Tuesday, April 24, 2007

Cost of Living in Santa Fe, Part 1

Part of the published estimates for "income needed in retirement" include the assumption that you won't need as much money in retirement as you did before then--and one of the ways folks accomplish this is by paying off their mortgage and/or moving to a less expensive part of the country.

While Santa Fe is undoubtedly more expensive than any other part of New Mexico, I would say that housing is cheaper in Santa Fe than in Boston for comparable property. However, my mortgage is actually about the same as it was in Boston, partly because I bought a bigger house, and partly because I used some of the equity in my house to fund my transition here.

But here are some of the ways one CAN save money here:

• Taxes are lower. According to the US Census Bureau, the per capita state/local tax bill in 2004 in New Mexico was $2,861--only 68% of the comparable number for Massachusetts ($4,217).

• Parking is cheaper. When you live in a major metro area like Boston, you get used to shelling out $15-$20 for a parking space downtown (to see a show, for example). Parking here is either free or only costs a couple of dollars. And airport parking is $22 a day at Logan Airport in Boston--in Albuquerque, it's less than $4 a day.

• Utilities are cheaper. Because the winter is milder, the sun is stronger, and summer nights are cool--the relative demand for heat and cooling is lower. My gas/electric bills since I moved here are just about half of what they were for the comparable period in Boston.

Stay tuned for more updates on this topic!

Thursday, April 19, 2007

Virginia Tech: I Grieve for the Teachers

Photo courtesy of AFP/Mannie Garcia

In the last couple of days I've been thinking about the responsibility of teachers for students. Even in college, when students are (mostly) adults, the teacher has an awesome responsibility in so many ways. Responsibility for giving them the best possible opportunity to learn ( students must, in the end, take responsibility for their own learning), responsibility for helping them to prepare for the workplace or for further education, responsibility for paying attention to problems that may manifest themselves and calling in extra help when needed, and responsibility for the physical care of students when they are under your direct charge in the classroom.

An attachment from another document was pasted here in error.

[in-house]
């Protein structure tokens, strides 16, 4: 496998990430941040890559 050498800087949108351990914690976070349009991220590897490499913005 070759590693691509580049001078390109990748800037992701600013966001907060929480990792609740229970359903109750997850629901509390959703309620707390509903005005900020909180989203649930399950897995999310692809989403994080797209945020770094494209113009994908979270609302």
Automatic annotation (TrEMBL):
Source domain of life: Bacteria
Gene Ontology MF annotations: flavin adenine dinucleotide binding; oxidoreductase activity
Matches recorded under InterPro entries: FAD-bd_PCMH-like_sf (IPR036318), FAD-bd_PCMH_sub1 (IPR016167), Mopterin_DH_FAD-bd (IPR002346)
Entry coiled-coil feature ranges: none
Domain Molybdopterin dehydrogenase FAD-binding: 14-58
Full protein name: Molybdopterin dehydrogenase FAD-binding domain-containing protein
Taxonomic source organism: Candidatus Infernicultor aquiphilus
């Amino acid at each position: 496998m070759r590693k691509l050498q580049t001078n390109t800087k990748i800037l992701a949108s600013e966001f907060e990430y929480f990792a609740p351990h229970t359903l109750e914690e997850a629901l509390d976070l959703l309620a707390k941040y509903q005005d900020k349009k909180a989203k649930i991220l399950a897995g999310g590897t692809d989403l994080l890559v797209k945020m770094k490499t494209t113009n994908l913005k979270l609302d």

My Dad taught at the college level for 50 years, I taught for 10 years, and one of my sons is working on a doctorate and planning a teaching career. I think I can say safely that we all got to teaching through love of our discipline, and a desire to help others to understand it. But unlike the training and licensure of teachers that occurs in the elementary and high school systems, there is very little training of college professors to teach. You are thrown into the classroom at some point and you may or may not be very good at it. If you care to improve, you can seek out the opinions of your colleagues. But in most cases, no one is going to sit in on your classes more often than once or twice a year, or coach you, and in an academic setting it often seems to be poor form to admit that you need help. Student teaching evaluations are often pooh-poohed as "beauty contests" by the faculty who need to improve their teaching the most. And somewhere the faculty policy manual, or the fire alarm evaucation procedures, or other dusty and unread documents, define your role in various situations. But learning to be a good teacher seems to be mostly a matter of trial and error.